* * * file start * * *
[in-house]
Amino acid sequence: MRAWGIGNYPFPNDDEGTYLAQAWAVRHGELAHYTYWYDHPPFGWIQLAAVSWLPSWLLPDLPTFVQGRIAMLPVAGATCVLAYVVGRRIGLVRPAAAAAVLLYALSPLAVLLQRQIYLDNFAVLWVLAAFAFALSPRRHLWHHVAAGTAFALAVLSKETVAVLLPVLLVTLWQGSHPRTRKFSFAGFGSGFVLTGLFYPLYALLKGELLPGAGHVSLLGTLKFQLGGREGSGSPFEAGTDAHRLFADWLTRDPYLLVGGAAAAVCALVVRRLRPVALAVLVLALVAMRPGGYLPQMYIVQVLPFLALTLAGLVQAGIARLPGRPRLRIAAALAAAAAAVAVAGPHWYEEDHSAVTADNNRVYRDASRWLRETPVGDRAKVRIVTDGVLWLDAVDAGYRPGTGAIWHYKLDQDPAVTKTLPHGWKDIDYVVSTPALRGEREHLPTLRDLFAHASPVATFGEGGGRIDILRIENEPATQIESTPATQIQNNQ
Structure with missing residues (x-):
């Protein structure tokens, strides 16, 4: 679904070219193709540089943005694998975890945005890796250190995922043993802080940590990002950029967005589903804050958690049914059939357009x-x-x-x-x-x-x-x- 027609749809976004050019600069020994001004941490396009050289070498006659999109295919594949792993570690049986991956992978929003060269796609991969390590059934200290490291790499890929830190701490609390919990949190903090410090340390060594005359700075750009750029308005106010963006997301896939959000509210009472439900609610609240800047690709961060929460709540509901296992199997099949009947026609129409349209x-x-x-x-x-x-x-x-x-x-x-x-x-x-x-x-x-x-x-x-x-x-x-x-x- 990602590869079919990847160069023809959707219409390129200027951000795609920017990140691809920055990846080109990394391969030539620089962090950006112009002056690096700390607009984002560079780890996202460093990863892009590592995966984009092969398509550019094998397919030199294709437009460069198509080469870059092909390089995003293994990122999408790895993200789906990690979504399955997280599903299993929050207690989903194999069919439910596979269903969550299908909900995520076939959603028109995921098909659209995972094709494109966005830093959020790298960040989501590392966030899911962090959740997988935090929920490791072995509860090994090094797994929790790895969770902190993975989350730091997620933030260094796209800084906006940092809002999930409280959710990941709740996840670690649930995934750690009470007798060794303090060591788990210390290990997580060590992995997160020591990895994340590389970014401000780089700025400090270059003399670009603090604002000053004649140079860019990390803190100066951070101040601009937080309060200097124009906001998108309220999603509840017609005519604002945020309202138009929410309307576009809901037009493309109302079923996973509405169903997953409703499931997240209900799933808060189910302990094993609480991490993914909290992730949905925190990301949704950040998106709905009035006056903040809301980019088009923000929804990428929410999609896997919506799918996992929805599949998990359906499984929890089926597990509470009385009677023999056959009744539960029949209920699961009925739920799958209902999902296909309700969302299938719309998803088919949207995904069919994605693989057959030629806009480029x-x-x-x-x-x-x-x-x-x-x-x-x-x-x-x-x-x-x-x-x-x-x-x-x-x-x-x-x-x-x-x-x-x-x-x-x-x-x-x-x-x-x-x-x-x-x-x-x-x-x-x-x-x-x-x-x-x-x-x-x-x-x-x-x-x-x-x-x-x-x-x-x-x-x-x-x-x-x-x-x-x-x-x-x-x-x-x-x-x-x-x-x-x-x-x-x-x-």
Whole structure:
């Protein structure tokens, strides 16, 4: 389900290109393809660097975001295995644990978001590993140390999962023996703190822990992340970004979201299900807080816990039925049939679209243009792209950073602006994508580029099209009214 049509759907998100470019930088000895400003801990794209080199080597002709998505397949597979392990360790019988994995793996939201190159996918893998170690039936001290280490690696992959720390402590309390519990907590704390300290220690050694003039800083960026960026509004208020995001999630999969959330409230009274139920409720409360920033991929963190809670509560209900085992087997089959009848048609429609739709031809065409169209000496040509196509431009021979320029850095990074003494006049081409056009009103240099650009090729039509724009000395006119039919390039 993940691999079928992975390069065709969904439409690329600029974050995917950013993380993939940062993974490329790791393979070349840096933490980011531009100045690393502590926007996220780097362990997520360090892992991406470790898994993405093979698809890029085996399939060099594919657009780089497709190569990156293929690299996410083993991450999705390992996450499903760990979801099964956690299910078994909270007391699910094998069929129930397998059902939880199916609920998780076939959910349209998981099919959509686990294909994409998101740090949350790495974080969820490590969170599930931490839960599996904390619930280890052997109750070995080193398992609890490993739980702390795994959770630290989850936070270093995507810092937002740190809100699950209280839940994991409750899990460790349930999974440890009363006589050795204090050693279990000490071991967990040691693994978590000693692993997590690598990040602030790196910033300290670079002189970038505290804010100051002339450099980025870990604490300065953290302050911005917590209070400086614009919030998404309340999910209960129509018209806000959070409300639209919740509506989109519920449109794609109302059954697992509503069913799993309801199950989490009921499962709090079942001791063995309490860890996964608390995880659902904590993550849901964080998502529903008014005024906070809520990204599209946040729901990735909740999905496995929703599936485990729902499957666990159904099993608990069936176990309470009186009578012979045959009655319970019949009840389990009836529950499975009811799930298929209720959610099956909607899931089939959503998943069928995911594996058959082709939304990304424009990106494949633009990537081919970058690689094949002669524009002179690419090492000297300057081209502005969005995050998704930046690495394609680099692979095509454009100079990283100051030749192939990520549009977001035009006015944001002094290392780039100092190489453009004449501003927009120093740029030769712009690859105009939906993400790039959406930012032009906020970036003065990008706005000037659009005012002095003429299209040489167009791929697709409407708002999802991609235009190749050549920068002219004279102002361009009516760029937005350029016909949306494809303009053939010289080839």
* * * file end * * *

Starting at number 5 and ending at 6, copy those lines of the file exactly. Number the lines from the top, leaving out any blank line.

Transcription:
Whole structure:
């Protein structure tokens, strides 16, 4: 389900290109393809660097975001295995644990978001590993140390999962023996703190822990992340970004979201299900807080816990039925049939679209243009792209950073602006994508580029099209009214 049509759907998100470019930088000895400003801990794209080199080597002709998505397949597979392990360790019988994995793996939201190159996918893998170690039936001290280490690696992959720390402590309390519990907590704390300290220690050694003039800083960026960026509004208020995001999630999969959330409230009274139920409720409360920033991929963190809670509560209900085992087997089959009848048609429609739709031809065409169209000496040509196509431009021979320029850095990074003494006049081409056009009103240099650009090729039509724009000395006119039919390039 993940691999079928992975390069065709969904439409690329600029974050995917950013993380993939940062993974490329790791393979070349840096933490980011531009100045690393502590926007996220780097362990997520360090892992991406470790898994993405093979698809890029085996399939060099594919657009780089497709190569990156293929690299996410083993991450999705390992996450499903760990979801099964956690299910078994909270007391699910094998069929129930397998059902939880199916609920998780076939959910349209998981099919959509686990294909994409998101740090949350790495974080969820490590969170599930931490839960599996904390619930280890052997109750070995080193398992609890490993739980702390795994959770630290989850936070270093995507810092937002740190809100699950209280839940994991409750899990460790349930999974440890009363006589050795204090050693279990000490071991967990040691693994978590000693692993997590690598990040602030790196910033300290670079002189970038505290804010100051002339450099980025870990604490300065953290302050911005917590209070400086614009919030998404309340999910209960129509018209806000959070409300639209919740509506989109519920449109794609109302059954697992509503069913799993309801199950989490009921499962709090079942001791063995309490860890996964608390995880659902904590993550849901964080998502529903008014005024906070809520990204599209946040729901990735909740999905496995929703599936485990729902499957666990159904099993608990069936176990309470009186009578012979045959009655319970019949009840389990009836529950499975009811799930298929209720959610099956909607899931089939959503998943069928995911594996058959082709939304990304424009990106494949633009990537081919970058690689094949002669524009002179690419090492000297300057081209502005969005995050998704930046690495394609680099692979095509454009100079990283100051030749192939990520549009977001035009006015944001002094290392780039100092190489453009004449501003927009120093740029030769712009690859105009939906993400790039959406930012032009906020970036003065990008706005000037659009005012002095003429299209040489167009791929697709409407708002999802991609235009190749050549920068002219004279102002361009009516760029937005350029016909949306494809303009053939010289080839």